Glossary Terms: M

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The concept that students with disabilities should be integrated with their non-disabled peers to the maximum extent possible, when appropriate to the needs of the student with a disability.

Magnetic Resonance Imaging (MRI)
A scanning procedure that uses radio waves and magnets to show images of body parts. This technique is generally used to visualize soft tissues.

Back portion of the temporal bone that contains the inner ear.

Mastoid Surgery
Surgical procedure to remove infection from the mastoid bone.

A confidential, voluntary process that allows parties to resolve disputes without a formal due process hearing. An impartial mediator helps the parties to express their views and positions and to understand the other’s views and positions. The mediator’s role is to facilitate discussion and help parties reach an agreement – not to recommend solutions or take positions or sides.

Meige Syndrome
Movement disorder that can involve excessive eye blinking (blepharospasm) with involuntary movements of the jaw muscles, lips, and tongue (oromandibular dystonia).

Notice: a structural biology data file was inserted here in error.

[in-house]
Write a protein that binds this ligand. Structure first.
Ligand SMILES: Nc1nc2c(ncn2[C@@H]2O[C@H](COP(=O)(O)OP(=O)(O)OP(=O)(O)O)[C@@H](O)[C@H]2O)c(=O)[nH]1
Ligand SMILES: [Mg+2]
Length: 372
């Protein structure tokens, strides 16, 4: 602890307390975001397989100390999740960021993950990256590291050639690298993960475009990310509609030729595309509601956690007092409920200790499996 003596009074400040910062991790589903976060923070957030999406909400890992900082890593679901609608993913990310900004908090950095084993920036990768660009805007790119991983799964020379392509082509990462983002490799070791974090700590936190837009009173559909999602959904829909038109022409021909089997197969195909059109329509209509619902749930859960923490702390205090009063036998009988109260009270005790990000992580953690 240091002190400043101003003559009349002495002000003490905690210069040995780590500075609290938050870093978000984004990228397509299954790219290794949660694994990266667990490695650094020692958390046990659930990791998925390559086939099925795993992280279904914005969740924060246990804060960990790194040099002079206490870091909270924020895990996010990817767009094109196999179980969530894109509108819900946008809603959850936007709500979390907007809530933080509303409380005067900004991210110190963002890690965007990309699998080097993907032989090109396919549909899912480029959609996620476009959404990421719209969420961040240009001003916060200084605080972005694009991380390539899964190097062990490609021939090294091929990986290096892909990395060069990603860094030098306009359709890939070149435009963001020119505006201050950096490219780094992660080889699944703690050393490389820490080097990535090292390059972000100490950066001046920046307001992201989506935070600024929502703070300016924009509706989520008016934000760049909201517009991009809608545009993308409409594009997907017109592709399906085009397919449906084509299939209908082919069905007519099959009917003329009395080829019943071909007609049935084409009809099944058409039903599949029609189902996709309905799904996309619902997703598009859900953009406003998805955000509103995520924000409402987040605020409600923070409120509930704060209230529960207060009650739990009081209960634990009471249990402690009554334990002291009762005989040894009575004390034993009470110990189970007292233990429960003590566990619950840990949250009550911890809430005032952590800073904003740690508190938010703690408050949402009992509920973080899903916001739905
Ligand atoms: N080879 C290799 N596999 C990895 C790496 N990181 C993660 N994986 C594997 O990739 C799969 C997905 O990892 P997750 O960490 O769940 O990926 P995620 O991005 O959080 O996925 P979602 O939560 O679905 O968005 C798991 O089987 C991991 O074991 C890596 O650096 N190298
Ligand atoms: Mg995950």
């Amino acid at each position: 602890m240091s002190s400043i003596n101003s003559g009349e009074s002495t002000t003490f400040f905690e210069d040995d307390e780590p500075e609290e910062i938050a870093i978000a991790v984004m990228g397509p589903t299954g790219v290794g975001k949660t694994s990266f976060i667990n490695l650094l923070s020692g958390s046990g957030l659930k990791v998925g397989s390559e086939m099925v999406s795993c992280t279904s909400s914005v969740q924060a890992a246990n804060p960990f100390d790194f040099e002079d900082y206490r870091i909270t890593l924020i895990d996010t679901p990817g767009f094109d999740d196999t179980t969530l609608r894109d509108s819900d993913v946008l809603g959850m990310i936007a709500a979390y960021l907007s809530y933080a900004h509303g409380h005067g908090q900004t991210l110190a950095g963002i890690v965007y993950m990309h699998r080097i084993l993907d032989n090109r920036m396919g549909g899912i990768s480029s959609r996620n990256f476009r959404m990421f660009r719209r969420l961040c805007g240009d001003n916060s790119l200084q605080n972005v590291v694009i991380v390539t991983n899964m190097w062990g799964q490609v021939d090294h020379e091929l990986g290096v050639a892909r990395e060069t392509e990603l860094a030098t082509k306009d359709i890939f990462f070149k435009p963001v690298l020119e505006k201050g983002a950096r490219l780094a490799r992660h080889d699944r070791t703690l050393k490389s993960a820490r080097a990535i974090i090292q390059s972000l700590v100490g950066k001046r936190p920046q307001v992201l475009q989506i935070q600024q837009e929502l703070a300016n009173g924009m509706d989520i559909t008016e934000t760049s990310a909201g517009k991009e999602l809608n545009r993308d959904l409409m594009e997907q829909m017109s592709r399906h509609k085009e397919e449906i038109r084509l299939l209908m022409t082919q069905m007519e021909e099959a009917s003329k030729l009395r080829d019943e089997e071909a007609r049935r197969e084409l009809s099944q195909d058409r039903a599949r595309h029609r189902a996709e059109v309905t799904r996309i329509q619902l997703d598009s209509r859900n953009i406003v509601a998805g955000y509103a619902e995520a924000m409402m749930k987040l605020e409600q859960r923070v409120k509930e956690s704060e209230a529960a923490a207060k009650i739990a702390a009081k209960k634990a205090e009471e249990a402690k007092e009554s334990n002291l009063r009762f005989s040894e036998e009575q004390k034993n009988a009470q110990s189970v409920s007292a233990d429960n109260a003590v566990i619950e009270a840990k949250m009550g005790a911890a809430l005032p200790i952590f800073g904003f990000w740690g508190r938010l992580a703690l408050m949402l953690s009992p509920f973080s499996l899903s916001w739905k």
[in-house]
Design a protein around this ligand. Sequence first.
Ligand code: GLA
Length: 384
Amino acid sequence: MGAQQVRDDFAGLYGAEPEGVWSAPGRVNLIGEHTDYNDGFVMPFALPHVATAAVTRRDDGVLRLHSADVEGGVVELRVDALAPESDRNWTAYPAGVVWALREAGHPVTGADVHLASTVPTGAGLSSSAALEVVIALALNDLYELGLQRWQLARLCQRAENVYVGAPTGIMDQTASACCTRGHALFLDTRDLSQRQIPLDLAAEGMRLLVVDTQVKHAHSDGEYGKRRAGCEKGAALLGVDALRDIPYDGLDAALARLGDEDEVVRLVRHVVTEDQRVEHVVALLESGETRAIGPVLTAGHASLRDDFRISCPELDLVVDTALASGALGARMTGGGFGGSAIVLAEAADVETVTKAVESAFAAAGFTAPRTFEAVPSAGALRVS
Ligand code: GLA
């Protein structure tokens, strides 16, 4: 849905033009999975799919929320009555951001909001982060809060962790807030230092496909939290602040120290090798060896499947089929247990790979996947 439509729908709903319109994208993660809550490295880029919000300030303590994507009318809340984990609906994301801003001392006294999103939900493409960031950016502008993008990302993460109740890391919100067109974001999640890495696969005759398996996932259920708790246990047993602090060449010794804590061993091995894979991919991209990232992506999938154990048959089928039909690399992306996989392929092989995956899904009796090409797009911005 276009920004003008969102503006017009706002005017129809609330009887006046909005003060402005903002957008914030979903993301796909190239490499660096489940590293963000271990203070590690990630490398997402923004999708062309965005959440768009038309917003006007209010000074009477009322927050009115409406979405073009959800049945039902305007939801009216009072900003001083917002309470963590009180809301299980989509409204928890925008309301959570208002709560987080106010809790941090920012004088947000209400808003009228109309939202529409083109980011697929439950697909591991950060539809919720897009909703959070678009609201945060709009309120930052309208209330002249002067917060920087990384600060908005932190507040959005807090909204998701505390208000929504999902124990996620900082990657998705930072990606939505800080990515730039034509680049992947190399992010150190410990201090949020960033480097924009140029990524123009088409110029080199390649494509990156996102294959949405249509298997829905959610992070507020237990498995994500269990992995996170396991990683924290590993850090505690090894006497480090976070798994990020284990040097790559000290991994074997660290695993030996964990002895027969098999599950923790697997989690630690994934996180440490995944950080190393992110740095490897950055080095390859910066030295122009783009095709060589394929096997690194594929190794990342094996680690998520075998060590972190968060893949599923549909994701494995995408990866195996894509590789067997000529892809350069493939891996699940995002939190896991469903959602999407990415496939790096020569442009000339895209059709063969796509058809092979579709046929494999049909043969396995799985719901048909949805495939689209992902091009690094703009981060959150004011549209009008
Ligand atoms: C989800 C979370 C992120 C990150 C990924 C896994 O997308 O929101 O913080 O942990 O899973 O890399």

Ménière's Disease
Inner ear disorder that can affect both hearing and balance. It can cause episodes of vertigo, hearing loss, tinnitus, and the sensation of fullness in the ear.

Inflammation of the meninges, the membranes that envelop the brain and the spinal cord; may cause hearing loss or deafness.

Middle Ear
Part of the ear that includes the eardrum and three tiny bones of the middle ear, ending at the round window that leads to the inner ear.

Mild Hearing Loss
A hearing loss of 26–40 decibels (dB). Individual cannot hear a whispered conversation in a quiet atmosphere at close range.

Inaccurately produced speech sound (phoneme) or sounds.

Mixed Hearing Loss
A hearing loss with combined sensorineural and conductive elements.

Moderate Hearing Loss
A hearing loss of 41–55 decibels (dB). Individual cannot hear normal conversation in a quiet atmosphere at close range.

Moderate-to-Severe Loss
A hearing loss of 56–70 decibels (dB).

Monaural Amplification
The use of one hearing aid instead of two.

A linguistic unit of relatively stable meaning that cannot be divided into smaller meaningful parts. (Source: American Heritage Dictionary)

Motion Sickness
Dizziness, sweating, nausea, vomiting, and generalized discomfort experienced when an individual is in motion.

Motor Speech Disorders
Group of disorders caused by the inability to accurately produce speech sounds (phonemes) because of muscle weakness or incoordination or difficulty performing voluntary muscle movements.

Multiple Disabilities
An IEP term used to define a combination of disabilities that causes severe educational needs that require multiple special education programs, for example, mental retardation with blindness.

Myringotomy (medical term)
Surgery which opens the eardrum to allow drainage of fluid from the middle ear.